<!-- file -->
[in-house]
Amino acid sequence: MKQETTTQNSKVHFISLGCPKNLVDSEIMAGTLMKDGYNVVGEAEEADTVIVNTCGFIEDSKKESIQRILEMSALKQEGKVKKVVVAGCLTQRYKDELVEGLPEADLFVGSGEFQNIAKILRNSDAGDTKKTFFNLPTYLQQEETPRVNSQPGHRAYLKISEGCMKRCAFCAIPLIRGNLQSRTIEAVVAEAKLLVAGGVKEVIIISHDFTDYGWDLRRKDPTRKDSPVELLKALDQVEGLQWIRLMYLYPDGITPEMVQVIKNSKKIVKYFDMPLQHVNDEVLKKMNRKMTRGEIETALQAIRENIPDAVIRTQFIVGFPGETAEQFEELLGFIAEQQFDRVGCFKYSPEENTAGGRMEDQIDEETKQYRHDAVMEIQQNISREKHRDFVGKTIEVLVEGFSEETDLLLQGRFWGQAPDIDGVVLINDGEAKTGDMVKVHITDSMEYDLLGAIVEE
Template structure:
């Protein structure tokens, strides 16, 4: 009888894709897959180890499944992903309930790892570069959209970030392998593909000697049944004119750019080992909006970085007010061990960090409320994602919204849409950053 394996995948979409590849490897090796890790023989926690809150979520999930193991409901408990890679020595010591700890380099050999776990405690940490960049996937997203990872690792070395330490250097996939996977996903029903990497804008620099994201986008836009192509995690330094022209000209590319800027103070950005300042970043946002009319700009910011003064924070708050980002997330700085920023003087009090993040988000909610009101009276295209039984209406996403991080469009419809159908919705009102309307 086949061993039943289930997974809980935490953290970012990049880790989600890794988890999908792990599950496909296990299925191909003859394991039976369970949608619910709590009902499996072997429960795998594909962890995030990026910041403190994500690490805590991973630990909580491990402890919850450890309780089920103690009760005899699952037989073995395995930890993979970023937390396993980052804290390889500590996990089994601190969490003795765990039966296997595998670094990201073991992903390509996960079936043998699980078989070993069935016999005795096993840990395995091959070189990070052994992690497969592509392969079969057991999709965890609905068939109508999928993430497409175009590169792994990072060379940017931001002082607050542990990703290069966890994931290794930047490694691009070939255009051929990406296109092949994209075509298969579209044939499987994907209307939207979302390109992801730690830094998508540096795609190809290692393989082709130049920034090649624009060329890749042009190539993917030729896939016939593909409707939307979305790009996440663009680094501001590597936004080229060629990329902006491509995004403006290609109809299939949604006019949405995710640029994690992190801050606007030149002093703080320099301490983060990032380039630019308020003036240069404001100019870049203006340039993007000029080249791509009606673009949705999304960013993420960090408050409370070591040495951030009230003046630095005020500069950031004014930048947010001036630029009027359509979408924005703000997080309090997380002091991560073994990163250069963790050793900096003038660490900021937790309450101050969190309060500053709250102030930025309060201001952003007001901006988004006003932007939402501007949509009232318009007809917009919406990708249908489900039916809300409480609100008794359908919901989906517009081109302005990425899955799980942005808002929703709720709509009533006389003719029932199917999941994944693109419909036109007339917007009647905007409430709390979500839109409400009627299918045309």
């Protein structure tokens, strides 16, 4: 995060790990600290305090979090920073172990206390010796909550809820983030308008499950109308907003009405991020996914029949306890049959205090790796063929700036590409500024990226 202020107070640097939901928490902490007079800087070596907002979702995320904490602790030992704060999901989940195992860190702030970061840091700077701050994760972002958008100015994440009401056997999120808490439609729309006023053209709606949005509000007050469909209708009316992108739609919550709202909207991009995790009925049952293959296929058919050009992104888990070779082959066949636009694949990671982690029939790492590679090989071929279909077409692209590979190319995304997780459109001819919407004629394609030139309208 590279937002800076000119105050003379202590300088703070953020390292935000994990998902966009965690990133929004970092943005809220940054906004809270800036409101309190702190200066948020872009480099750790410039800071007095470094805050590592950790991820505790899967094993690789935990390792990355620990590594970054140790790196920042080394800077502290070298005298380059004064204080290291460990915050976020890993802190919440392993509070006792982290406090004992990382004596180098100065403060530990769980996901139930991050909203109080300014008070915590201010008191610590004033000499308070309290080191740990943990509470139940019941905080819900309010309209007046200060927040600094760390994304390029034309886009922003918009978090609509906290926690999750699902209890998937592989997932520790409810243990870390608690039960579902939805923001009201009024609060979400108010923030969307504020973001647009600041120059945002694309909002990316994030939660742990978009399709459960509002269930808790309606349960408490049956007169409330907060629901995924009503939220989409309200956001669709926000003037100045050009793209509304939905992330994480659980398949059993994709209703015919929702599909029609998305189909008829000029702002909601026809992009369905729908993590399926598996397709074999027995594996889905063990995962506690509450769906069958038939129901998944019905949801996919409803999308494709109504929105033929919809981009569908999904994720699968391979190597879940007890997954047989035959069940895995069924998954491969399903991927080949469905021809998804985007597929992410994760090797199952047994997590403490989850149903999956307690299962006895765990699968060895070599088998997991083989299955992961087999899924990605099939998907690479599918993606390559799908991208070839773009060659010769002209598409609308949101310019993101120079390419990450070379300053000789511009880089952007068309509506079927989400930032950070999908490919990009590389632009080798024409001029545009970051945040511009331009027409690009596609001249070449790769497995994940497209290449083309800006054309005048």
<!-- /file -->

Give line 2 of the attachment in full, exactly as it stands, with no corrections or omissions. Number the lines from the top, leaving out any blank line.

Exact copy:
Amino acid sequence: MKQETTTQNSKVHFISLGCPKNLVDSEIMAGTLMKDGYNVVGEAEEADTVIVNTCGFIEDSKKESIQRILEMSALKQEGKVKKVVVAGCLTQRYKDELVEGLPEADLFVGSGEFQNIAKILRNSDAGDTKKTFFNLPTYLQQEETPRVNSQPGHRAYLKISEGCMKRCAFCAIPLIRGNLQSRTIEAVVAEAKLLVAGGVKEVIIISHDFTDYGWDLRRKDPTRKDSPVELLKALDQVEGLQWIRLMYLYPDGITPEMVQVIKNSKKIVKYFDMPLQHVNDEVLKKMNRKMTRGEIETALQAIRENIPDAVIRTQFIVGFPGETAEQFEELLGFIAEQQFDRVGCFKYSPEENTAGGRMEDQIDEETKQYRHDAVMEIQQNISREKHRDFVGKTIEVLVEGFSEETDLLLQGRFWGQAPDIDGVVLINDGEAKTGDMVKVHITDSMEYDLLGAIVEE